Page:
This is working in ASP .NET MVC 4 In any controller action you can write: 1stline gets the whole url+Query String. 2nd line remove local path & query ,last '/' symbol. 3rd line add '/' symbol at last position.

Uri url = System.Web.HttpContext.Current.Request.Url;
string UrlLink = url.OriginalString.Replace(url.PathAndQuery,"");
UrlLink = String.Concat(UrlLink,"/" );
3

in simple html and ASP.NET or ASP.NET MVC if you are using tag:

<a href="~/#about">About us</a>
2

For url with aplication alias like http://example.com/appAlias/... You can try this:

var req = HttpContext.Current.Request;
string baseUrl = string.Format("{0}://{1}/{2}", req.Url.Scheme, req.Url.Authority, req.ApplicationPath);
2

I put this in the head of my _Layout.cshtml

 <base href="~/" />
2

On the webpage itself:

<input type="hidden" id="basePath" value="@string.Format("{0}://{1}{2}",
  HttpContext.Current.Request.Url.Scheme,
  HttpContext.Current.Request.Url.Authority,
  Url.Content("~"))" />

In the javascript:

function getReportFormGeneratorPath() {
  var formPath = $('#reportForm').attr('action');
  var newPath = $("#basePath").val() + formPath;
  return newPath;
}

This works for my MVC project, hope it helps

  • @hemp Edited it but didnt vote for it? Hope the points are valuable to you – Andrew Day Oct 4 '17 at 13:17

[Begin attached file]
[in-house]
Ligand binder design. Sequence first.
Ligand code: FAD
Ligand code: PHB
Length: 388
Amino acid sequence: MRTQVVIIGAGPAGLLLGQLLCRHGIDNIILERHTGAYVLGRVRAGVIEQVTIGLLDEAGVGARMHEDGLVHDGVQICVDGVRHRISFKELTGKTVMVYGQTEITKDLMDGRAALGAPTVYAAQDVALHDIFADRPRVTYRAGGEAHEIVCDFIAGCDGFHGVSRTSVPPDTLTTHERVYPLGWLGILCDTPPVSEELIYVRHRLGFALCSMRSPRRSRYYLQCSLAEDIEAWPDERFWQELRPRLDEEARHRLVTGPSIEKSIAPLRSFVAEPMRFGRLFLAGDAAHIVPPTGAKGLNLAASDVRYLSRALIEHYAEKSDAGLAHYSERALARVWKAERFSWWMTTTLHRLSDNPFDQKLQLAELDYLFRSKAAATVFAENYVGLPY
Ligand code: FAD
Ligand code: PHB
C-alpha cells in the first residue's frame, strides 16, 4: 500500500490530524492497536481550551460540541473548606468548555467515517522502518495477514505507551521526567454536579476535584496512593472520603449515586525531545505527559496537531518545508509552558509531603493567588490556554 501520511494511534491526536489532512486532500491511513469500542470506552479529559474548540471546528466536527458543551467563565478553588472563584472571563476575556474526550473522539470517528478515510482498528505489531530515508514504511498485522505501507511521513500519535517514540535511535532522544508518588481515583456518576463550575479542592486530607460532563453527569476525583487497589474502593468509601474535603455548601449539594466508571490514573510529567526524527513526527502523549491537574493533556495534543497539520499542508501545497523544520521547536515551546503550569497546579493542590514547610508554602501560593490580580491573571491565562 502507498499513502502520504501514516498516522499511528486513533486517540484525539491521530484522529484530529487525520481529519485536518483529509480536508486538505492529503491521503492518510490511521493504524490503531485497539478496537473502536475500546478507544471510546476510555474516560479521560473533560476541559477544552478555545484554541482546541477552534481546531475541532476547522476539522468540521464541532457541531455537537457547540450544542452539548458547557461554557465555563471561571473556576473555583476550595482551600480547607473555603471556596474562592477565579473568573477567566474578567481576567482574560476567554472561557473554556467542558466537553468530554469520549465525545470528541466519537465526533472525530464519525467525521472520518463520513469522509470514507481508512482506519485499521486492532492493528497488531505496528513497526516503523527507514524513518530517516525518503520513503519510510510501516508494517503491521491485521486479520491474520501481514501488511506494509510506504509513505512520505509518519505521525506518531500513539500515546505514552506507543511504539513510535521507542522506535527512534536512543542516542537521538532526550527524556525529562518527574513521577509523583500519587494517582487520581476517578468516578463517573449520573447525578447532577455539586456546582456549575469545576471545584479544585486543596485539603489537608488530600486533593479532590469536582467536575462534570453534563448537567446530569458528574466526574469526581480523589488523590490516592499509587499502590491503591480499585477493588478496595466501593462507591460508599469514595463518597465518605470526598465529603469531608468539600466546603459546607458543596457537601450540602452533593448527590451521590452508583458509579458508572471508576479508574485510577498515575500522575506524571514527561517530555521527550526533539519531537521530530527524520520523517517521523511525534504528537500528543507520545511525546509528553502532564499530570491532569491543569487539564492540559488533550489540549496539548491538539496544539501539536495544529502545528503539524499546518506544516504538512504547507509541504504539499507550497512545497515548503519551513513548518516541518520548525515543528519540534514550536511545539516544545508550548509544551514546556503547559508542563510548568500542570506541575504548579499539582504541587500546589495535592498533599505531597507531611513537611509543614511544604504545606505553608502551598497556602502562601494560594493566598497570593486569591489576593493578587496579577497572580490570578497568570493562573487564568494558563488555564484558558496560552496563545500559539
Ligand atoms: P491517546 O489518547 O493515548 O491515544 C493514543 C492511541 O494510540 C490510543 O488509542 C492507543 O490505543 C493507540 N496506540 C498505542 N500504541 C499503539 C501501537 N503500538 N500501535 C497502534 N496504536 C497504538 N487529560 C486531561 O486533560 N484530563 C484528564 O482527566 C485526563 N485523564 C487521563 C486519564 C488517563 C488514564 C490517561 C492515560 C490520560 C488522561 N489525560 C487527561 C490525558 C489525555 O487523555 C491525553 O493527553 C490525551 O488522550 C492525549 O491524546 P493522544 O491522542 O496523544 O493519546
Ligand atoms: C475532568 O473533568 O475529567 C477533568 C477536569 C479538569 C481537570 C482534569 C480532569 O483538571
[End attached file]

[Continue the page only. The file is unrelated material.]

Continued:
• This question and the associated answers weren't helpful for my particular issue so I didn't try or vote for any of them. I edited this one because I happened to see it and thought it might be a decent answer if it was formatted correctly. Just trying to be a good citizen. – hemp Oct 8 '17 at 1:24
  • Also, there are no reputation points gained for editing an answer. – hemp Jan 6 '18 at 1:40
2

Maybe it is a better solution.

@{
   var baseUrl = @Request.Host("/");
}

using

<a href="@baseUrl" class="link">Base URL</a>
  • I did not test, but I doubt this will work when the base url is a virtual directly. ie. localhost/myApp – emragins Dec 16 '15 at 4:46
1

For MVC 4:

String.Format("{0}://{1}{2}", Url.Request.RequestUri.Scheme, Url.Request.RequestUri.Authority, ControllerContext.Configuration.VirtualPathRoot);